NEWS
June 14, 2013 | By John P. Martin, Inquirer Staff Writer
WILMINGTON - His garden stroll with Adolf Hitler left Alfred Rosenberg invigorated. Rosenberg was already one of the most notorious and powerful Nazis, chief architect of ethnic cleansing policies and the man responsible for plundering billions of dollars of art from European Jews. At the meeting in April 1941, Hitler spoke of a larger role. "Your hour has come," he said, according to an account Rosenberg scrawled in his diary. For nearly 70 years, the infamous diary, an unprecedented insider's glimpse of the Third Reich, was lost or hidden.
NEWS
October 29, 1998 | by Marisol Bello, Daily News Staff Writer
Anne Marie Fahey was hungry for love. The sad, insecure woman, who lost her mother at age 9 and grew up with an alcoholic father, spent her adult life yearning for the love she never had as a child. The heartbreak and loneliness of her world came vividly to life yesterday in Superior Court as the dead woman's sister read portions of her diary during the trial of Fahey's accused killer. The entries chronicle Fahey's love affair with Thomas Capano - the 49-year-old lawyer accused of killing her in a jealous fit - and relationships with two other men, a man she dated in 1994 and her boyfriend at the time of her death in June 1996.
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NEWS
August 22, 2016
'Today has been a memorable day and I thank God I have been spared to see it. The day was religiously observed, all the churches were open. We had quite a jubilee in the evening. " And so began the 1863 diary of Emilie Davis, a young free black woman living in Philadelphia, as she recounted the Emancipation Proclamation. Davis' three pocket diaries - each no larger than a smartphone - span the years 1863, 1864, and 1865. Purchased by the Historical Society of Pennsylvania in 1999, the diaries provide a remarkable glimpse of Philadelphia's free black community during the Civil War. "Few diaries by young women of this period survive, even fewer from African American women," said Tamara Gaskell, public historian in residence at the Mid-Atlantic Regional Center for the Humanities.
ENTERTAINMENT
April 21, 2016 | By Elizabeth Wellington, Fashion Writer
Third in an occasional series documenting Dréa Baldini's transformation over the next two years. To read the first  and second  installments click here. Dréa Baldini assumed the first time she would wear a dress would be to a party, a swank restaurant opening, possibly as a bridesmaid, or better yet, on a date. But life didn't turn out that way. Baldini, a transwoman and owner of André Richard Salon and ARS Parlour in Midtown Village, made her inaugural dress debut at her younger brother's memorial service.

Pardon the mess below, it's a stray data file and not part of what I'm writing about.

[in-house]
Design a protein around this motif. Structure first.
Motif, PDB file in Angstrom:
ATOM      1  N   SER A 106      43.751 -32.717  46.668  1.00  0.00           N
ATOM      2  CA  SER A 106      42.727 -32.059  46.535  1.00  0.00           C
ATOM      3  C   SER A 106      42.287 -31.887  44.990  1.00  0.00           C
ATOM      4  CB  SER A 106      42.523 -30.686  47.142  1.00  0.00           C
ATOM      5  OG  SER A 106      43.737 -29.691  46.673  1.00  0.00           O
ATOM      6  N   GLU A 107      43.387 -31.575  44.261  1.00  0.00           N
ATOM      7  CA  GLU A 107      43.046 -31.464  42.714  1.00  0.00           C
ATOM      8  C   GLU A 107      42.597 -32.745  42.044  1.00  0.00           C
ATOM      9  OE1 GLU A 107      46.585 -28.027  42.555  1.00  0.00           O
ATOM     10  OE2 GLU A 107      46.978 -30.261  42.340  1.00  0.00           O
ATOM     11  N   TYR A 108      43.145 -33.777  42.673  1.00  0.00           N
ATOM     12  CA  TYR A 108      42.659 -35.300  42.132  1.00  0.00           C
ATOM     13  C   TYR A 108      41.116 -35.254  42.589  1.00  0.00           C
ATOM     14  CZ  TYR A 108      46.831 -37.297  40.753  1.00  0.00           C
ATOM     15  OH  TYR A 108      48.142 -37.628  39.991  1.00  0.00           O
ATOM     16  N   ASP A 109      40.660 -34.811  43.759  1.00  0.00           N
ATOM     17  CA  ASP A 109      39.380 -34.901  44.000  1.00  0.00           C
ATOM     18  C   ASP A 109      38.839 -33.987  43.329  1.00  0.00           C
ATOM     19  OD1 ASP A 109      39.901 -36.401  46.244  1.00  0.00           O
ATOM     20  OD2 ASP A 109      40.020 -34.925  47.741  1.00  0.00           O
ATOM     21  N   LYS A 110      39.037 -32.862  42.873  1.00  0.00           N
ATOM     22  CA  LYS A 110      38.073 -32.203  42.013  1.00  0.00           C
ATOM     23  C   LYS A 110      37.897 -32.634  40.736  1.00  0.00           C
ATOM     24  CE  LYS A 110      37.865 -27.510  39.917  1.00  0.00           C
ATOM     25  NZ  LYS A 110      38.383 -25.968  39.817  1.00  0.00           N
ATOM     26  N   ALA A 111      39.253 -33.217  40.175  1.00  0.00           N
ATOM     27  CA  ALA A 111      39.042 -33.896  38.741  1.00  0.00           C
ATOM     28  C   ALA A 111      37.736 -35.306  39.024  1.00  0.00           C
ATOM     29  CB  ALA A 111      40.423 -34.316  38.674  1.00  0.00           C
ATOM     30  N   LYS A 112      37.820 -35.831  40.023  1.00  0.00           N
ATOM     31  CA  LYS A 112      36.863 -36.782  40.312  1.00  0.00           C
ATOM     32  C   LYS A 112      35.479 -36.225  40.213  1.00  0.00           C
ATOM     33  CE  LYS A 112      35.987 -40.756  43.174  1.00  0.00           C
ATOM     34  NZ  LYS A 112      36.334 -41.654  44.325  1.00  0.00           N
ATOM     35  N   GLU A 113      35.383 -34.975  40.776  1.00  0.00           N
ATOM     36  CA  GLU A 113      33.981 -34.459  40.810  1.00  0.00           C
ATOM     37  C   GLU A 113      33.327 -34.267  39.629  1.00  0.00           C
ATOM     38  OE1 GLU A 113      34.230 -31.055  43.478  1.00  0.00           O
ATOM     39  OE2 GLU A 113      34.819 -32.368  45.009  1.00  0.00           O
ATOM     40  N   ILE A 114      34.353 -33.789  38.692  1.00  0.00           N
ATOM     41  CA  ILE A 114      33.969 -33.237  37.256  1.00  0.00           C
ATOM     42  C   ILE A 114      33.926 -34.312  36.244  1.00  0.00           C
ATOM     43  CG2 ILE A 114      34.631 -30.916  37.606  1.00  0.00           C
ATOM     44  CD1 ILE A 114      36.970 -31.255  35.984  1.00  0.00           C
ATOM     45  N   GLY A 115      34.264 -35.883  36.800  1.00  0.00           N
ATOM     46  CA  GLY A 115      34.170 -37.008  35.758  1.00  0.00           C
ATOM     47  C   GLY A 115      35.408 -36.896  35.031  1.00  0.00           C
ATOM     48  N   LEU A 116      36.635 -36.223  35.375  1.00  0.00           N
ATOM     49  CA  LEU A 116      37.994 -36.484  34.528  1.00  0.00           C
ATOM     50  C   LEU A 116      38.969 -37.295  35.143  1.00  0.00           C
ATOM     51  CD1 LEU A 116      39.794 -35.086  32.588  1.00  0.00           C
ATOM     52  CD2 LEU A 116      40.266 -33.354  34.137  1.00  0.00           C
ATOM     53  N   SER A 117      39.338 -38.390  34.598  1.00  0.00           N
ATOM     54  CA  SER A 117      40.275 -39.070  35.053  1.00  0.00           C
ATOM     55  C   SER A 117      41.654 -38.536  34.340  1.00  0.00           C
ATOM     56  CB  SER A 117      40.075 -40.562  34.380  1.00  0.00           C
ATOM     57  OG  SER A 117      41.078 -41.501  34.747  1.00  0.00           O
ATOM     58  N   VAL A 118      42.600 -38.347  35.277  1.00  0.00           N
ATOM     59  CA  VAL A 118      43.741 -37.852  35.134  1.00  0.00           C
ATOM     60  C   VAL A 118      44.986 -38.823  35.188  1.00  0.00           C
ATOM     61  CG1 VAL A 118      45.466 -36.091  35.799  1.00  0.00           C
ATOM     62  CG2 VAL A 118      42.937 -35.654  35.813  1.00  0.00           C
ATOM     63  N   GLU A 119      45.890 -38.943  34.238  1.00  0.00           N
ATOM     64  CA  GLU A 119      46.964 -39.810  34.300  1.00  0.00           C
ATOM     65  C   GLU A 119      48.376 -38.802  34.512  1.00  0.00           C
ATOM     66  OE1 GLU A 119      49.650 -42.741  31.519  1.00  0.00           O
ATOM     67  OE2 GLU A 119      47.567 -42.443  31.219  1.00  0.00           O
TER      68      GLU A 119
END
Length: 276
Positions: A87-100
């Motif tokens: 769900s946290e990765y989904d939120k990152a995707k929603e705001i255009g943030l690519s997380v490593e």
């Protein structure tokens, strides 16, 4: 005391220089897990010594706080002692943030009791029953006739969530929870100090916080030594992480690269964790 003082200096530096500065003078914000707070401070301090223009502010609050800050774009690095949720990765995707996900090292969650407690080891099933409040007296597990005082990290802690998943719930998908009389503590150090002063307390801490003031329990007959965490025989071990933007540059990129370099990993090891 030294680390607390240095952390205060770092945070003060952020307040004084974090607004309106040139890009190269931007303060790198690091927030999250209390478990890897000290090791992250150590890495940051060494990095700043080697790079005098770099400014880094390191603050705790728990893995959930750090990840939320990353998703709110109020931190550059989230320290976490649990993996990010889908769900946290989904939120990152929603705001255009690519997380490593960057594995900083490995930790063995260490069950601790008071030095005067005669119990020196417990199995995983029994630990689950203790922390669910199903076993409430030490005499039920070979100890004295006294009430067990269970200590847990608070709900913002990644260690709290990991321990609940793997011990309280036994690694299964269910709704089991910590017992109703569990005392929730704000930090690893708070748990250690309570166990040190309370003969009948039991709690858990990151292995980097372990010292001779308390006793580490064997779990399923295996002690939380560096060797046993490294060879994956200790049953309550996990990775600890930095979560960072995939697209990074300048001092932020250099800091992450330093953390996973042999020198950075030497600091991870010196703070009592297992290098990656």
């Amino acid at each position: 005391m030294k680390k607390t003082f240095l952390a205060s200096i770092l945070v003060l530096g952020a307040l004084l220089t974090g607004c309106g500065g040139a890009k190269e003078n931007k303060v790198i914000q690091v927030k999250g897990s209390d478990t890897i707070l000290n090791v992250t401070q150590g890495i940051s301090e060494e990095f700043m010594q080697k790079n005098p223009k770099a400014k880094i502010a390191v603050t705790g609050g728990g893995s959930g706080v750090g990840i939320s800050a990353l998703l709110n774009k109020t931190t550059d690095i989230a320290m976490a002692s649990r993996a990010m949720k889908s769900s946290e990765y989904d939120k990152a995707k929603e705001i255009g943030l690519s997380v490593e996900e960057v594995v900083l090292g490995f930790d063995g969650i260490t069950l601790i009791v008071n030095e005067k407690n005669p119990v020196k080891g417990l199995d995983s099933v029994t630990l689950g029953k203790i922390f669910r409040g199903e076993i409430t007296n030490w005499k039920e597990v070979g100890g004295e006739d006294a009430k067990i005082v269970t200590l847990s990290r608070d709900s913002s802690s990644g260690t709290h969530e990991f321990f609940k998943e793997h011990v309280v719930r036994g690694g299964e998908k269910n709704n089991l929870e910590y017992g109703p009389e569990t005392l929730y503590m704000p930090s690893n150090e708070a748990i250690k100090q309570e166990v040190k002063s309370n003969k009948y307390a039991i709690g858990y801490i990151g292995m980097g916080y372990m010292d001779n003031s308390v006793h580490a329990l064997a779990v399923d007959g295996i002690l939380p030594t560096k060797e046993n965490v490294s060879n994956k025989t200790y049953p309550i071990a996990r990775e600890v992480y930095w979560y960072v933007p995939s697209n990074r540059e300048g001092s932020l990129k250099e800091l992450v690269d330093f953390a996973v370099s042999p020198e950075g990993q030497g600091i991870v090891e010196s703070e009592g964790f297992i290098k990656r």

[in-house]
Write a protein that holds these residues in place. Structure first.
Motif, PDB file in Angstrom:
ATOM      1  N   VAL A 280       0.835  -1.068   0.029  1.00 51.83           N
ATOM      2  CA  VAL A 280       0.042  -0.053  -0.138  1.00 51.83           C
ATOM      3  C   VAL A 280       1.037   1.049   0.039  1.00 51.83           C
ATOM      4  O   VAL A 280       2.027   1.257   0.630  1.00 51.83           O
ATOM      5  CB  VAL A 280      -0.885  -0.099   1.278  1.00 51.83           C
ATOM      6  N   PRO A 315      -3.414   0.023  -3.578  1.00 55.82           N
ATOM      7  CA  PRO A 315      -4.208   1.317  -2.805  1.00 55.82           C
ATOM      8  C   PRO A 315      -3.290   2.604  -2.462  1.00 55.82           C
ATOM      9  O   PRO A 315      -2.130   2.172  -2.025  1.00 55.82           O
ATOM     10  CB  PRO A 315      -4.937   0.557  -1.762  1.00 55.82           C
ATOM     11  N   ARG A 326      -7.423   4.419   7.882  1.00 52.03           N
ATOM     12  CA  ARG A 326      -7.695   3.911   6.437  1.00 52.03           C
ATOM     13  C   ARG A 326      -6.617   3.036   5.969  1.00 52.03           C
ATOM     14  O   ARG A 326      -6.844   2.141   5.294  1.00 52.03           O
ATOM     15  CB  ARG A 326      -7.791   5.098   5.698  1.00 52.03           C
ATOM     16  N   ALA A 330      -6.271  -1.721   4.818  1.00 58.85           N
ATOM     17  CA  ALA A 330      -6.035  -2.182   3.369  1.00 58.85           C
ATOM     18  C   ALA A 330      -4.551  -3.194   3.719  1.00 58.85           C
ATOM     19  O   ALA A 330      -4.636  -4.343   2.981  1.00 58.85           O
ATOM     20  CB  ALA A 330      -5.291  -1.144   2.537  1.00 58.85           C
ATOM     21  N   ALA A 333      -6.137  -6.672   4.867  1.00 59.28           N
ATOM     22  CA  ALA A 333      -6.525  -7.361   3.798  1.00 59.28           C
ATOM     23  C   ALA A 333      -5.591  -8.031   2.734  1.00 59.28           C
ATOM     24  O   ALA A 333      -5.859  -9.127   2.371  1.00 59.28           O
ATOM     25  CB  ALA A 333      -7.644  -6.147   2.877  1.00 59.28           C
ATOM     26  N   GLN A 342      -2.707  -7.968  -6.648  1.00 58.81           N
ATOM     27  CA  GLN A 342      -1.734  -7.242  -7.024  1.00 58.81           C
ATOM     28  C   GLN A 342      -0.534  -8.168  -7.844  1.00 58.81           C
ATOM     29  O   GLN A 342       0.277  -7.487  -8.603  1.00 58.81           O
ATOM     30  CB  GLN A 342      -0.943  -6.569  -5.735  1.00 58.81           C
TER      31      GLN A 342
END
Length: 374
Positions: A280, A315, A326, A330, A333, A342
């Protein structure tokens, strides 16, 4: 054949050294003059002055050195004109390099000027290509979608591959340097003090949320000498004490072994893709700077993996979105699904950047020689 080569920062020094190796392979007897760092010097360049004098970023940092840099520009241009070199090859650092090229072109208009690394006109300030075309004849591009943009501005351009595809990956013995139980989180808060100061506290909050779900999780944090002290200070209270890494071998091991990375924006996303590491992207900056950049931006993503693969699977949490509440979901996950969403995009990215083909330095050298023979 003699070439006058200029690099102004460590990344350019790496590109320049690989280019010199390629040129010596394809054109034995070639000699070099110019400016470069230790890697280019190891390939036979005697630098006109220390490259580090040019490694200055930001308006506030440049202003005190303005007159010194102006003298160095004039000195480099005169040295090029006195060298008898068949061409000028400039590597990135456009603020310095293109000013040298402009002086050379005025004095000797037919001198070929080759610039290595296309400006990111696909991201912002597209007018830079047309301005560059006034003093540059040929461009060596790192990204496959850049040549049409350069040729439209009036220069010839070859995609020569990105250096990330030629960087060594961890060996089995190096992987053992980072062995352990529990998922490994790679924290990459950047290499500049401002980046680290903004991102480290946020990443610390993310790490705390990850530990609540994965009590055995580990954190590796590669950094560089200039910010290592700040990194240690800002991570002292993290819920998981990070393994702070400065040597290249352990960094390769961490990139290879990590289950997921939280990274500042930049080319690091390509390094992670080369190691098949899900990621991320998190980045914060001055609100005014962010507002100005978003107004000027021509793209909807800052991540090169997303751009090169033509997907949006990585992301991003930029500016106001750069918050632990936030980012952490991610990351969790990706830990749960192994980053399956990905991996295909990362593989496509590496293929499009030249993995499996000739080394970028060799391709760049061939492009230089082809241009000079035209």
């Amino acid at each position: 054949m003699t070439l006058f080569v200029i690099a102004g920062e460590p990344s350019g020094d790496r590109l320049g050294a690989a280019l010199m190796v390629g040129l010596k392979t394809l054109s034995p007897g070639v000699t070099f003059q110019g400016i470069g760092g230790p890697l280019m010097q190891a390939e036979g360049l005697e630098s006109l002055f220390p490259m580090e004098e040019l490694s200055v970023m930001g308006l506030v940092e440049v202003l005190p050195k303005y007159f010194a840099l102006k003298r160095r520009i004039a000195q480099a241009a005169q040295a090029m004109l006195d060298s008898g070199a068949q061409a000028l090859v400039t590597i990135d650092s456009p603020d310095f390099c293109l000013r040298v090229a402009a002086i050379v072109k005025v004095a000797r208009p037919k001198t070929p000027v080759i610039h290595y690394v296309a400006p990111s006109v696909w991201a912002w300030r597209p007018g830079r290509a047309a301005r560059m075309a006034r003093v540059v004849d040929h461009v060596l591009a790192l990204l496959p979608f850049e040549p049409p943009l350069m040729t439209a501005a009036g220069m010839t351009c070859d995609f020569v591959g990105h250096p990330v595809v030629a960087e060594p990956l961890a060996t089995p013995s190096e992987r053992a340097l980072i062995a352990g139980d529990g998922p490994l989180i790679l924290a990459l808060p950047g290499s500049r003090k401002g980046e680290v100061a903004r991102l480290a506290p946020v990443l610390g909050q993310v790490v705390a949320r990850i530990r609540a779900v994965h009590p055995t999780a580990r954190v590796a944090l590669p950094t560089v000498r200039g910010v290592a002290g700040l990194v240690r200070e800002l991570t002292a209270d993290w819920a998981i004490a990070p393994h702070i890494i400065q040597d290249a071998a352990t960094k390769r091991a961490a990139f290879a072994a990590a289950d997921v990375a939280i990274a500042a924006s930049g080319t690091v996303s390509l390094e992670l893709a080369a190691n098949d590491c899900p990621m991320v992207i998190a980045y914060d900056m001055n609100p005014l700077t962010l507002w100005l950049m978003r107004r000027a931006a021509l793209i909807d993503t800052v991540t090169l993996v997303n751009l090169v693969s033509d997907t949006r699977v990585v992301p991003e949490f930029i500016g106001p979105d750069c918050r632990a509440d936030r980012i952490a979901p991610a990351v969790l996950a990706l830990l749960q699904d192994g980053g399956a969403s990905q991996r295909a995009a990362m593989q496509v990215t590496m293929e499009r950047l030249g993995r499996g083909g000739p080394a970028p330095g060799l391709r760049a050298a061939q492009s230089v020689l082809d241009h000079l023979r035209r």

NEWS
April 17, 2016 | By Tom Avril, Staff Writer
Princeton businesswoman Kim Pimley serves on nonprofit boards, ran for mayor a few years back, and keeps in shape by bashing a 150-pound punching bag. The type of person who runs up escalators, the 55-year-old was always overflowing with energy. Until, all of a sudden, she wasn't. She started to feel short of breath in early January, and wondered whether she had caught a bug. But she felt progressively worse, at one point unable to climb the stairs without sitting to rest halfway up. Within days she was sent to the Hospital of the University of Pennsylvania, where she received unthinkable news: A rare, aggressive disease, its cause unknown, was attacking her heart.
ENTERTAINMENT
April 6, 2016 | By Howard Gensler
A LARGE group of people who create books for children and teenagers are hoping to send a message to adults in North Carolina. Nearly 270 authors and illustrators have signed a letter calling on the state to repeal a new law preventing specific anti-discrimination rules for LGBT people for public accommodations and restroom use. The letter, which was posted on the School Library Journal website, said the 269 signees are "disappointed and angered by...